This article is more than 2 years old

Did Augar get it right on interim qualifications?

Arthi Nachiappan examines the Augar review's recommendation to introduce interim qualifications at levels 4 and 5 for all students.
This article is more than 2 years old

Arthi was an Editorial Assistant at Wonkhe.

Though it may appear to be a small tweak to the system, introducing interim qualifications requires an overhaul to the way we see rewards and credit within higher education. And it needs to be understood as such to avoid any side effects of policy aimed at expanding its use across the sector.

The Augar review of post-18 education and funding recommends that providers issue interim qualifications – that is, qualifications at “mid-way” stages of a degree programme – with the aim of allowing students to pause study or transfer courses or institutions more easily. The review suggests this is most likely to benefit older and/or part-time students.

How does this change things? Under the current system, students have the option to exit most undergraduate degree courses mid-way with either a Certificate (Level 4: CertHE) or a Diploma (Level 5: DipHE). The report suggests that this become the norm, with all higher education institutions awarding least one interim qualification at either Level 4 or Level 5 to all students who are on a Level 6 course. It further stipulates that the Office for Students is given regulatory oversight of all qualifications at levels 4 and 5.

Reward systems

To understand what these proposals mean for higher education, we first need to look at the current system by which we reward students. Loosely, we operate a deficit model of education whereby a complete degree is the expected outcome, and anything less is seen as a failure to achieve that outcome, rather than each year of study being rewarded as a substantive year of education in and of itself. Understanding interim qualifications requires us to reframe the debate from the opposite perspective – this gives us a strength model, whereby each year is seen primarily as progression on the year before. The idea of staged learning is used widely – one example is music education, which tends to be examined in levels from grade one to grade eight.

Both models have their uses, with a deficit model perhaps more useful in scenarios where a specified level of competence needs to be reached – consider a driving test, for instance. Higher education, however, is set up differently – the framework for learning at each level is such that learning at Level 4 covers foundations then needed to develop further competencies at Level 5 and then at Level 6. Given that most courses are designed on this level-by-level basis, it is possible to award qualifications for progressing from one to another.

The retention question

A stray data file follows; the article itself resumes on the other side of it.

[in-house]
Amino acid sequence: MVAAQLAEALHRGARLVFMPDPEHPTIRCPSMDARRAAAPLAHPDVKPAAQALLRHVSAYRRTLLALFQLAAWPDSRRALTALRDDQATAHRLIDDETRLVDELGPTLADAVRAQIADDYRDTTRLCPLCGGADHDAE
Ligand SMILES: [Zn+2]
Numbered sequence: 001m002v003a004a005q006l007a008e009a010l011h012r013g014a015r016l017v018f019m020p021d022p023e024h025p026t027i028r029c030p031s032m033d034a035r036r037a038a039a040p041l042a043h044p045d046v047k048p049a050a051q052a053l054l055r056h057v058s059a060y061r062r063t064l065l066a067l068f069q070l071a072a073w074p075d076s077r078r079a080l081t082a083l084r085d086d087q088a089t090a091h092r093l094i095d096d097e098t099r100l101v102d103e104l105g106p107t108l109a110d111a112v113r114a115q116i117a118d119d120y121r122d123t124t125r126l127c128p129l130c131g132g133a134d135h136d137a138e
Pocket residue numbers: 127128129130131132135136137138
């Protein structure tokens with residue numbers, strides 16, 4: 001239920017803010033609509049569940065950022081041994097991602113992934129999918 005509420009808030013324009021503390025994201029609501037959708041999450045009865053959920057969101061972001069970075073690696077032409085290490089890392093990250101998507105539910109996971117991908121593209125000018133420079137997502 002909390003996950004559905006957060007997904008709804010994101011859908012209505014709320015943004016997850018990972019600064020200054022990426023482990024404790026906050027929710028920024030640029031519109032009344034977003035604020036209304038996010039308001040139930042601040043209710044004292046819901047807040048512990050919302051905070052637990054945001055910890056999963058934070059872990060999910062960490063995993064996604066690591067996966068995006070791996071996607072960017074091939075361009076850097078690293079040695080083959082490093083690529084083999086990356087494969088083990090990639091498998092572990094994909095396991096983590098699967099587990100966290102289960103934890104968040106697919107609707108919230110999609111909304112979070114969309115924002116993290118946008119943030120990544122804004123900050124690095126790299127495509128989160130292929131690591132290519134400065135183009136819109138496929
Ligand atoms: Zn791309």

The issue most often raised in response is the impact of such a system on student retention – if students are rewarded at levels 4 and 5, where is the incentive for them to finish their degrees? This critique relies on the assumption that students will be more likely to drop out if they are rewarded for each year of study, rather than at the end.

But the claim does not differentiate between different groups of students – if students in general enter higher education in pursuit of a degree qualification, there are no clear grounds to suggest that being rewarded at every stage would negatively affect their motivation any more than achieving piano grades three and four do not tend to demotivate students who want to get to grade eight. If anything, being rewarded at every stage could motivate students by offering them more short-term targets (like completing each year) and giving them the tangible rewards needed to boost their confidence to continue to the next stage.

What the system might do is open up choice for students who are already considering leaving higher education to do so with a certificate for the studies they’ve completed. With this in mind, the question we need to ask is whether it is in anyone’s interests to sustain the barriers to leaving higher education that currently constrain students in this position. To get to the bottom of this claim would require more comprehensive data on students’ reasons for exit.

System change

It’s not really in the hands of providers to begin with, however – for a sector-wide change, there are factors external to providers that the Augar review has not taken into account. The success of any interim rewards system requires funding change to accommodate such a system, and either different or additional metrics to offer a more comprehensive image of provider performance.

Under the current system, students register for degrees and apply for student loans to cover the number of years their degree course is expected to take. The system of funding does not easily allow for students to register one year at a time. Moreover, provider performance is measured in terms of retention, progression and outcomes of their students among other things – and so provider incentives must also be taken into account in the recommendation of such changes, along with wider implications for the alignment and interdependence of different systems within higher education.

There are knock-on effects for credit transfer and accumulation, too – though providers tend to teach on a level-by-level basis, different courses cover different bases and so whether a certificate of Level 4 from one institution qualifies a student to enter at Level 5 at another institution remains a matter of discretion as each course is set up differently.

The Augar panel has put forward a recommendation that focuses on motivating and rewarding students first and foremost. But where it falls down is that it frames as a tweak to the system what is in fact quite a weighty proposal that requires fundamental change in other systems within higher education to succeed as policy.

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